Q: As much as I love the concept and recognize the potential for increased affordability, I wonder if there’s a bit of a dystopian feel to this. People still want to feel like their home is unique, somehow reflective of their personality. Do you think the homogeneous nature of the units is in any way an impediment?
A: Think about the end user who’s moving into an apartment that they’re paying too much for in Los Angeles or San Francisco. What are their expectations? There’s not a lot of great product out there in the rental market and that’s where it’s exciting for us. We actually get to design something with the end user in mind rather than the developer throwing something together just because it might fit the financial model. This aspect of it is gratifying for us because with Cassette someone actually gets to enjoy an amazing space.
Everything in its place. Cassette's impeccably organized kitchen/dining room.
Q: What's unique and different about the building science of these modules? Particularly with regard to how they accrue on-site efficiencies during building/stacking?
A: In simple terms, we’ve designed an apartment product that optimizes shipping and installation without sacrificing live-ability. On a construction site, this means we don't cut our boxes apart, we don't weld them or require any invasive traditional forms of construction to make them connect. There is an elegant connection system that happens at the rooftop, and that stays 100% out of the units themselves during installation and site construction.
Traditional modular construction isn't so seamless. Once set into place, units require significant assembly, connection, and exterior finishing.
Q: What is the role of the developer/builder in a Cassette project? In what ways does the Cassette model forecast a change in the traditional roles of developers and builders?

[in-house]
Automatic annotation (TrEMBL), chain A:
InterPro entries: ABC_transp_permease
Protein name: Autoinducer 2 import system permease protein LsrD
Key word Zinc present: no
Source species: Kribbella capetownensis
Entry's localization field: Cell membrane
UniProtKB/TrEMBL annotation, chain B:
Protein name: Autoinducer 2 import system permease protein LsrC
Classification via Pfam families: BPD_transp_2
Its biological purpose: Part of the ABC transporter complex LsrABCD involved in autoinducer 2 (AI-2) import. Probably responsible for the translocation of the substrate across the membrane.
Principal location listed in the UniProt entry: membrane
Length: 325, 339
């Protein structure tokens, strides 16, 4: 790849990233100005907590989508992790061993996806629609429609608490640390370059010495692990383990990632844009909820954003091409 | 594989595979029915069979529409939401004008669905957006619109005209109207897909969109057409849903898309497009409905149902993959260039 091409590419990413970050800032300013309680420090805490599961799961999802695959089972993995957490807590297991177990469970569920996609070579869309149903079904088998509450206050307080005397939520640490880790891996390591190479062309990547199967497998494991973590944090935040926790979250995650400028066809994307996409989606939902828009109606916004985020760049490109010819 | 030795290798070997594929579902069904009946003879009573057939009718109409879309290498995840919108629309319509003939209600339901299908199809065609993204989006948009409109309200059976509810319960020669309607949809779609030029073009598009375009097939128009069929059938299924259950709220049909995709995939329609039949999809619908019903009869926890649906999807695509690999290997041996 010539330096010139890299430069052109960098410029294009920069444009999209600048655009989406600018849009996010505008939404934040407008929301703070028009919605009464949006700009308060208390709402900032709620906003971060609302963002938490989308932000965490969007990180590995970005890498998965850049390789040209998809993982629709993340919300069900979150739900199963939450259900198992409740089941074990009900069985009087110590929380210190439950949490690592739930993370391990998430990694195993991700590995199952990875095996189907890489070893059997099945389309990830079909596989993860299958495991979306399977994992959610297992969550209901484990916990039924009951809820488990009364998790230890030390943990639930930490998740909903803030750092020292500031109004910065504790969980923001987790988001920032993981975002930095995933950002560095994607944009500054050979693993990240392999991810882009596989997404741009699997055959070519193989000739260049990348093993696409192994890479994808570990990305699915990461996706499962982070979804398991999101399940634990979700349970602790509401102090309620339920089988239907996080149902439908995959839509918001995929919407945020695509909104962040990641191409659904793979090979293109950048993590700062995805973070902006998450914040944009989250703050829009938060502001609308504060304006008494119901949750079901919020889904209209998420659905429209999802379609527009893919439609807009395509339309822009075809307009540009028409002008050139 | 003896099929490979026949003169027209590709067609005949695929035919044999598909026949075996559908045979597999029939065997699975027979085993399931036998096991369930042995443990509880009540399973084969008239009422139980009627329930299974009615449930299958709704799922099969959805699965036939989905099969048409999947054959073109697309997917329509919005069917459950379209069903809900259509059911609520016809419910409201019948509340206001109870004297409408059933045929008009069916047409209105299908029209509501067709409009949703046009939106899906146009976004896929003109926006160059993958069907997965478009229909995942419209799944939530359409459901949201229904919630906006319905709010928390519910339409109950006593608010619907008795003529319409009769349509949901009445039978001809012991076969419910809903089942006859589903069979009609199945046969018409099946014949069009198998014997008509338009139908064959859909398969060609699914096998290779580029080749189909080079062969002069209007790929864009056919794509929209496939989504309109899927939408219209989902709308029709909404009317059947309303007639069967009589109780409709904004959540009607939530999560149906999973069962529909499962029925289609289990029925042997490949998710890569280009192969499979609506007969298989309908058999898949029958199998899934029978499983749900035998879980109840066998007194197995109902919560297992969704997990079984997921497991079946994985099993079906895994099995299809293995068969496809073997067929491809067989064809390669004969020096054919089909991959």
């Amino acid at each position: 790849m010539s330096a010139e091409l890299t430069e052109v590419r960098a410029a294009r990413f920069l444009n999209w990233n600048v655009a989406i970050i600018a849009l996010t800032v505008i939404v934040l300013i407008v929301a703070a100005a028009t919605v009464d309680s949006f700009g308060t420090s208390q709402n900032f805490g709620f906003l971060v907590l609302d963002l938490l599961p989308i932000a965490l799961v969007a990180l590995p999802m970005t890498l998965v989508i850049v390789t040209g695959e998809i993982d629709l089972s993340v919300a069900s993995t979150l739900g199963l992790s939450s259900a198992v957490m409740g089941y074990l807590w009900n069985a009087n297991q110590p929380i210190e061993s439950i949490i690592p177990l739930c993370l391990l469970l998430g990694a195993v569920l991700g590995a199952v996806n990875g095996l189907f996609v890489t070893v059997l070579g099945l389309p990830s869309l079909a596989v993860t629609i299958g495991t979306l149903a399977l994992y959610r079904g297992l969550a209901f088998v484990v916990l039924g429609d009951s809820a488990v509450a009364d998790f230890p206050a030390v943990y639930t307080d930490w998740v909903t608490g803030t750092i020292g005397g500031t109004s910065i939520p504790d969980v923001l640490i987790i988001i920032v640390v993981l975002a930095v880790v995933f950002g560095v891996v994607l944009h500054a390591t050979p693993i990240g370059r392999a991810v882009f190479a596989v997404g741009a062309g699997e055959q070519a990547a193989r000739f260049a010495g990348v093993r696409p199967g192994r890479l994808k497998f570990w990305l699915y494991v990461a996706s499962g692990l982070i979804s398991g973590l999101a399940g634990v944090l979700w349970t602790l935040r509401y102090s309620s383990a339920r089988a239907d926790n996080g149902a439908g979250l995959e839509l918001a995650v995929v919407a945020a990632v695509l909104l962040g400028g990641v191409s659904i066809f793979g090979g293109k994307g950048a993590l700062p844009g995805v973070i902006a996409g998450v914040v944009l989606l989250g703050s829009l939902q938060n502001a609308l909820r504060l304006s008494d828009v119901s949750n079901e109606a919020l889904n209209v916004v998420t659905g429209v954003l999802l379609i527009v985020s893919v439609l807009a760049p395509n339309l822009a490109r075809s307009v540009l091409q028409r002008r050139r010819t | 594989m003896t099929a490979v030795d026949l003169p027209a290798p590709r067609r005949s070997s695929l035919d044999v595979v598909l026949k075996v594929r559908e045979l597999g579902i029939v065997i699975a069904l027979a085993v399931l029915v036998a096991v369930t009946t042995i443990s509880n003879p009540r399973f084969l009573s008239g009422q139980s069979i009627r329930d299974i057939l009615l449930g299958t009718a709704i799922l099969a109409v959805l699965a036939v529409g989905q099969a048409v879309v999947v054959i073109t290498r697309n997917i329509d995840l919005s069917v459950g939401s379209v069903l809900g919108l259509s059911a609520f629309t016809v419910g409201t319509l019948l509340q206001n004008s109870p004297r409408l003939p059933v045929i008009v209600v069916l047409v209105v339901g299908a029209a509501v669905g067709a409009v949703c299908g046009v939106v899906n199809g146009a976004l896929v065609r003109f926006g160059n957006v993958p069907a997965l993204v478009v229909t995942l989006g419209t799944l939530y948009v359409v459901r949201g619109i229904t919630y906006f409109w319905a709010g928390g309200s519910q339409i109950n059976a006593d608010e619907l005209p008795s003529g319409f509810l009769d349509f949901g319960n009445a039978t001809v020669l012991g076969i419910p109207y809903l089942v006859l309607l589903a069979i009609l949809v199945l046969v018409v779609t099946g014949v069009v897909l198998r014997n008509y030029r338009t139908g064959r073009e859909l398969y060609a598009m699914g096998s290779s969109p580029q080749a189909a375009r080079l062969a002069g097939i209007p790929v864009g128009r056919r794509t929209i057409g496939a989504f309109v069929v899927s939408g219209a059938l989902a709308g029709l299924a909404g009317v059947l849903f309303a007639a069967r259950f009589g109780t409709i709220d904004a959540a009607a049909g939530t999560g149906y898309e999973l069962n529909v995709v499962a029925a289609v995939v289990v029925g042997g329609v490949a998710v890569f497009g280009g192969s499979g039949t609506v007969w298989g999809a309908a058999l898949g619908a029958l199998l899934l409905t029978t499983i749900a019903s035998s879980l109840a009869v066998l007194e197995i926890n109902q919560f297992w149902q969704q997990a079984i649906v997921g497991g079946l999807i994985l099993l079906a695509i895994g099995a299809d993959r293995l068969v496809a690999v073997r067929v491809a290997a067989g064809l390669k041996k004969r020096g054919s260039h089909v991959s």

A: The developer makes the decision to purchase Cassette units, and the builder constructs the foundations, the roof system, and any elements of the building that are not the actual apartments. We provide easy-to-follow templates for how to prepare those elements to receive a Cassette unit or stack of units.
On site at a build with a Cassette collaborator.
Q: How can these units be made affordable in high-cost markets like L.A., San Francisco, or N.Y.? Is there a risk of inflation and higher price/sq. ft. with these units simply because they’re better designed and hence will experience higher demand?
A: Out of the gates, even before achieving scale as a product company, we are pleased to say that a building using Cassette apartments in those cities would already be competitive and in many cases lower-priced than a site-built version of the same building. Our aim over the next three years is to use the power of industrialization and a commitment to this product model to actually bend the construction cost curve down for the first time in memorable history.
Q: Is there only one Cassette module in terms of size, layout, and finishes? Will there be customizable options and perhaps different-sized units?
A: Today we have one unit type, with an option to use our window system or sliding door system (in case the developer wants to attach balconies).Our commitment is to sell that, deliver it well every time, and to bring its cost down over time, AND to make our product better and better every year, just like a car company would commit to a model for a decade and minimally change that model over time. If we are fortunate enough to win the hearts and minds of the development community, we will see about a second product.
Interior innovations. A collage of premium features in a Cassette pod.
Cassette’s first-product is a compact 600 sq. ft. unit by the acclaimed modernist designers, Craig Hodgetts and Ming Fung. It offers a pleasant, light-filled space with a sensible demarcation of space and premium features like a laundry cabinet, double wardrobe, chef’s kitchen, and built-in storage. As Kaplan mentions, they doubtless represent an aesthetic and functional improvement over the standard fare found in America’s priciest cities. Pilot projects are already underway in L.A. with expected ground-breaking in 2023 or 2024.
A palette of possibility. Looking out from a Cassette pod.
We can’t wait to see it happen. To close with Cassette’s clever tag: “Ready. Set. Homes.”